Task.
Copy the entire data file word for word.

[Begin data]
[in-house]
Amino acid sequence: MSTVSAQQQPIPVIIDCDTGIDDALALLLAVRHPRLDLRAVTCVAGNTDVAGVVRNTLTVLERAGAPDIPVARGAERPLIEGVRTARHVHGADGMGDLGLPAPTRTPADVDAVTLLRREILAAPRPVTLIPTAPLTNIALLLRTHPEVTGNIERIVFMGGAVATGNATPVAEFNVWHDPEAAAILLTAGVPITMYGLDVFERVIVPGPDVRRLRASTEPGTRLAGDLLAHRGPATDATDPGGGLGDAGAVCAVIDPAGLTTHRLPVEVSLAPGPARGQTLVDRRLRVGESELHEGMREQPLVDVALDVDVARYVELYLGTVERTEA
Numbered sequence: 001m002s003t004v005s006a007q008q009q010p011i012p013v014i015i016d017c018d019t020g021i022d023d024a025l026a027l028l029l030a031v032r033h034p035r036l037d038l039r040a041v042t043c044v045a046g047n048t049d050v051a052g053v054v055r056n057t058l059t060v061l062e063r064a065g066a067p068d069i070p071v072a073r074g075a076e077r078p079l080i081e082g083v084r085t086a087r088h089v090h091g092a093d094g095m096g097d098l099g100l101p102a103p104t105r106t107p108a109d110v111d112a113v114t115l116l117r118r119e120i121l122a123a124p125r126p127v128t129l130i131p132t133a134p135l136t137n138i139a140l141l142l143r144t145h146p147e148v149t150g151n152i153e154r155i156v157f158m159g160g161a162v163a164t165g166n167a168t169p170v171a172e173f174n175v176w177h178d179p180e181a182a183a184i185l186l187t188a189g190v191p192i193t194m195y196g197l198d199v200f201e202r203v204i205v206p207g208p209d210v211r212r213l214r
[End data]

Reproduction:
[in-house]
Amino acid sequence: MSTVSAQQQPIPVIIDCDTGIDDALALLLAVRHPRLDLRAVTCVAGNTDVAGVVRNTLTVLERAGAPDIPVARGAERPLIEGVRTARHVHGADGMGDLGLPAPTRTPADVDAVTLLRREILAAPRPVTLIPTAPLTNIALLLRTHPEVTGNIERIVFMGGAVATGNATPVAEFNVWHDPEAAAILLTAGVPITMYGLDVFERVIVPGPDVRRLRASTEPGTRLAGDLLAHRGPATDATDPGGGLGDAGAVCAVIDPAGLTTHRLPVEVSLAPGPARGQTLVDRRLRVGESELHEGMREQPLVDVALDVDVARYVELYLGTVERTEA
Numbered sequence: 001m002s003t004v005s006a007q008q009q010p011i012p013v014i015i016d017c018d019t020g021i022d023d024a025l026a027l028l029l030a031v032r033h034p035r036l037d038l039r040a041v042t043c044v045a046g047n048t049d050v051a052g053v054v055r056n057t058l059t060v061l062e063r064a065g066a067p068d069i070p071v072a073r074g075a076e077r078p079l080i081e082g083v084r085t086a087r088h089v090h091g092a093d094g095m096g097d098l099g100l101p102a103p104t105r106t107p108a109d110v111d112a113v114t115l116l117r118r119e120i121l122a123a124p125r126p127v128t129l130i131p132t133a134p135l136t137n138i139a140l141l142l143r144t145h146p147e148v149t150g151n152i153e154r155i156v157f158m159g160g161a162v163a164t165g166n167a168t169p170v171a172e173f174n175v176w177h178d179p180e181a182a183a184i185l186l187t188a189g190v191p192i193t194m195y196g197l198d199v200f201e202r203v204i205v206p207g208p209d210v211r212r213l214r